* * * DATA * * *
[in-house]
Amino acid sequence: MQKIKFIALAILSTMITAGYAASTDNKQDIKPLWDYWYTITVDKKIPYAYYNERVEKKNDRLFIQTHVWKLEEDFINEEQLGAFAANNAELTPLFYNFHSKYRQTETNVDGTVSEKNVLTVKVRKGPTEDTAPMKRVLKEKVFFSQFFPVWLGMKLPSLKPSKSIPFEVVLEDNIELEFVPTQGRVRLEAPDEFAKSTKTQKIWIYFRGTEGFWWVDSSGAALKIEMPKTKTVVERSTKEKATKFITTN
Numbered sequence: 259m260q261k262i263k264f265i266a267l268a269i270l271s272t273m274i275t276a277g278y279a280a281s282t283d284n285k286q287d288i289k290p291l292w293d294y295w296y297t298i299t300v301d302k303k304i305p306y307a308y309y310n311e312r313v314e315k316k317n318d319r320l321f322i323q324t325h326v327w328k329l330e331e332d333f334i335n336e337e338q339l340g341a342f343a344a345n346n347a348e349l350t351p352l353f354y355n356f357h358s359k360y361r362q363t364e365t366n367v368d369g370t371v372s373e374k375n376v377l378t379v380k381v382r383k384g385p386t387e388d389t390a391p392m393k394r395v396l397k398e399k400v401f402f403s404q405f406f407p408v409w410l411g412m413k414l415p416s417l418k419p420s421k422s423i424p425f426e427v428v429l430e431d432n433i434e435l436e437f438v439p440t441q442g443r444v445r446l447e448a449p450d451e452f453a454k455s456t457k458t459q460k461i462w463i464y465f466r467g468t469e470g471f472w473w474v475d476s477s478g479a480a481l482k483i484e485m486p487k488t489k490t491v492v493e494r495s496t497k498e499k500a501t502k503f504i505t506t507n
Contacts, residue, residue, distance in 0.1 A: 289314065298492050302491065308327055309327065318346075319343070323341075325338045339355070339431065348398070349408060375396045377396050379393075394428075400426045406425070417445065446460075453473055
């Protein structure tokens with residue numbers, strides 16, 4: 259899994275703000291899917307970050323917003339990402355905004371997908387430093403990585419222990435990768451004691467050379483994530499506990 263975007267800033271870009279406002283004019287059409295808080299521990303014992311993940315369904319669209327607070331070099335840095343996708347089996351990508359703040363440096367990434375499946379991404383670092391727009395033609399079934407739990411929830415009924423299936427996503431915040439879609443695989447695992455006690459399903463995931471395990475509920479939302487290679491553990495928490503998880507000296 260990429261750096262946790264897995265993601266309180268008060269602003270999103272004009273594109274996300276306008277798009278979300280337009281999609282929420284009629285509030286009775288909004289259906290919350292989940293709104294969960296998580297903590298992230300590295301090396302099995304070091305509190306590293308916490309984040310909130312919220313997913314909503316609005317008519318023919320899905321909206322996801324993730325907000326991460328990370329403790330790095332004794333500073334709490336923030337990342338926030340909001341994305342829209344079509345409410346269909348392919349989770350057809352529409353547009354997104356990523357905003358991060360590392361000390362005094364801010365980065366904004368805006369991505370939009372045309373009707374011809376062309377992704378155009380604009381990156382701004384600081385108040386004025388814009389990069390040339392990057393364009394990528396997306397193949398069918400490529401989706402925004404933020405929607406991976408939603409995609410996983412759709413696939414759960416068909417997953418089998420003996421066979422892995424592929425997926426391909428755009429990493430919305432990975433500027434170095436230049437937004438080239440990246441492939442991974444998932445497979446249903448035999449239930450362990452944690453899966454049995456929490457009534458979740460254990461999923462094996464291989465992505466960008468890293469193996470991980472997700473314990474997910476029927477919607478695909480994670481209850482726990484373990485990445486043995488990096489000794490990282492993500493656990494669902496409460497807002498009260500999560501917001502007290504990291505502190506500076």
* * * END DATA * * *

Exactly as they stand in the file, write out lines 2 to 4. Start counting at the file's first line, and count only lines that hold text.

Amino acid sequence: MQKIKFIALAILSTMITAGYAASTDNKQDIKPLWDYWYTITVDKKIPYAYYNERVEKKNDRLFIQTHVWKLEEDFINEEQLGAFAANNAELTPLFYNFHSKYRQTETNVDGTVSEKNVLTVKVRKGPTEDTAPMKRVLKEKVFFSQFFPVWLGMKLPSLKPSKSIPFEVVLEDNIELEFVPTQGRVRLEAPDEFAKSTKTQKIWIYFRGTEGFWWVDSSGAALKIEMPKTKTVVERSTKEKATKFITTN
Numbered sequence: 259m260q261k262i263k264f265i266a267l268a269i270l271s272t273m274i275t276a277g278y279a280a281s282t283d284n285k286q287d288i289k290p291l292w293d294y295w296y297t298i299t300v301d302k303k304i305p306y307a308y309y310n311e312r313v314e315k316k317n318d319r320l321f322i323q324t325h326v327w328k329l330e331e332d333f334i335n336e337e338q339l340g341a342f343a344a345n346n347a348e349l350t351p352l353f354y355n356f357h358s359k360y361r362q363t364e365t366n367v368d369g370t371v372s373e374k375n376v377l378t379v380k381v382r383k384g385p386t387e388d389t390a391p392m393k394r395v396l397k398e399k400v401f402f403s404q405f406f407p408v409w410l411g412m413k414l415p416s417l418k419p420s421k422s423i424p425f426e427v428v429l430e431d432n433i434e435l436e437f438v439p440t441q442g443r444v445r446l447e448a449p450d451e452f453a454k455s456t457k458t459q460k461i462w463i464y465f466r467g468t469e470g471f472w473w474v475d476s477s478g479a480a481l482k483i484e485m486p487k488t489k490t491v492v493e494r495s496t497k498e499k500a501t502k503f504i505t506t507n
Contacts, residue, residue, distance in 0.1 A: 289314065298492050302491065308327055309327065318346075319343070323341075325338045339355070339431065348398070349408060375396045377396050379393075394428075400426045406425070417445065446460075453473055